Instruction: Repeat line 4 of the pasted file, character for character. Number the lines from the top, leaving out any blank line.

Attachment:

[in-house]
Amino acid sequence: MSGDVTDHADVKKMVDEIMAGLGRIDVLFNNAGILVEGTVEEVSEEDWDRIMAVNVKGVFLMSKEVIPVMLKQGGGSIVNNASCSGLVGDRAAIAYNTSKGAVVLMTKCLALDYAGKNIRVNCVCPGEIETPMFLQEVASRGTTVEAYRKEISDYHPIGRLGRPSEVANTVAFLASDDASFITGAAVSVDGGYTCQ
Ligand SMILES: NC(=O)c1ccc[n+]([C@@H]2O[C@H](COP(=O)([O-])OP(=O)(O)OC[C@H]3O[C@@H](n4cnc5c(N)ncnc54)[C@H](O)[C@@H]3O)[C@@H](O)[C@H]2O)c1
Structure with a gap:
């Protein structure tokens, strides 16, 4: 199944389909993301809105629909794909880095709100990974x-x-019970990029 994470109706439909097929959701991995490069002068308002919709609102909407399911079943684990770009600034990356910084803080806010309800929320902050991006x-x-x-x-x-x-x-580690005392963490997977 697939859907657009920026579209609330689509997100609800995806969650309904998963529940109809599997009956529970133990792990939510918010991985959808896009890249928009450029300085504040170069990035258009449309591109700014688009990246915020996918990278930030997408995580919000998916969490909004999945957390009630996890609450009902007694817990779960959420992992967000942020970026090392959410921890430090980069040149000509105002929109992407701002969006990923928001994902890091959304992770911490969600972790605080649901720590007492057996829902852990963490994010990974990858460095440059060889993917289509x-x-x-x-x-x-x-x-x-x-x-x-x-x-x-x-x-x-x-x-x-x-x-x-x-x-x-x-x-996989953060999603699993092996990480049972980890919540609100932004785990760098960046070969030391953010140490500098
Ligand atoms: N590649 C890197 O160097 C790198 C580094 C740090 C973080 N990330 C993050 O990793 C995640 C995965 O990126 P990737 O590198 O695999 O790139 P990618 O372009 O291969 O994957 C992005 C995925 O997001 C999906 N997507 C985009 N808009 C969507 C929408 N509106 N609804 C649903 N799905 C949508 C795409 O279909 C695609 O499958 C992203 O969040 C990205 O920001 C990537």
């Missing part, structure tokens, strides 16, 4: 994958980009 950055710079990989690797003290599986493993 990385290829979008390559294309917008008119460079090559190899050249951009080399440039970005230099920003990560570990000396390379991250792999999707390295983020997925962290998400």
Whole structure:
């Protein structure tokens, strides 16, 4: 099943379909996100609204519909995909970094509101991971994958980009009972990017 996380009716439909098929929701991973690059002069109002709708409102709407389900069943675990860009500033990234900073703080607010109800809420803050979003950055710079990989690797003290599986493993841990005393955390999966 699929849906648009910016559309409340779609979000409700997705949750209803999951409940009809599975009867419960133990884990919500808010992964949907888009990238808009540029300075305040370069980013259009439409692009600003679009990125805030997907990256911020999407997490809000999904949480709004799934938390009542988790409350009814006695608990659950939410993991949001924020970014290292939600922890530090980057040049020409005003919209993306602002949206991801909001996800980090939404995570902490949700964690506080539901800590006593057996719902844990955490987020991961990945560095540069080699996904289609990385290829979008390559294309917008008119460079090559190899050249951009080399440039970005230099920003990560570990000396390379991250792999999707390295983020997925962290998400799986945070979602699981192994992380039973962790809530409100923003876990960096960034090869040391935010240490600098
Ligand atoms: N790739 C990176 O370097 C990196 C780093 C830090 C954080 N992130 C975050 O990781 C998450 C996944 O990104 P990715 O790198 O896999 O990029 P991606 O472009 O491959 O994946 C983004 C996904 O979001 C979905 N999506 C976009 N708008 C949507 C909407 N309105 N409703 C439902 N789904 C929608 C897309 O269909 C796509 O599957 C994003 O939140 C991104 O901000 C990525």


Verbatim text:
Structure with a gap: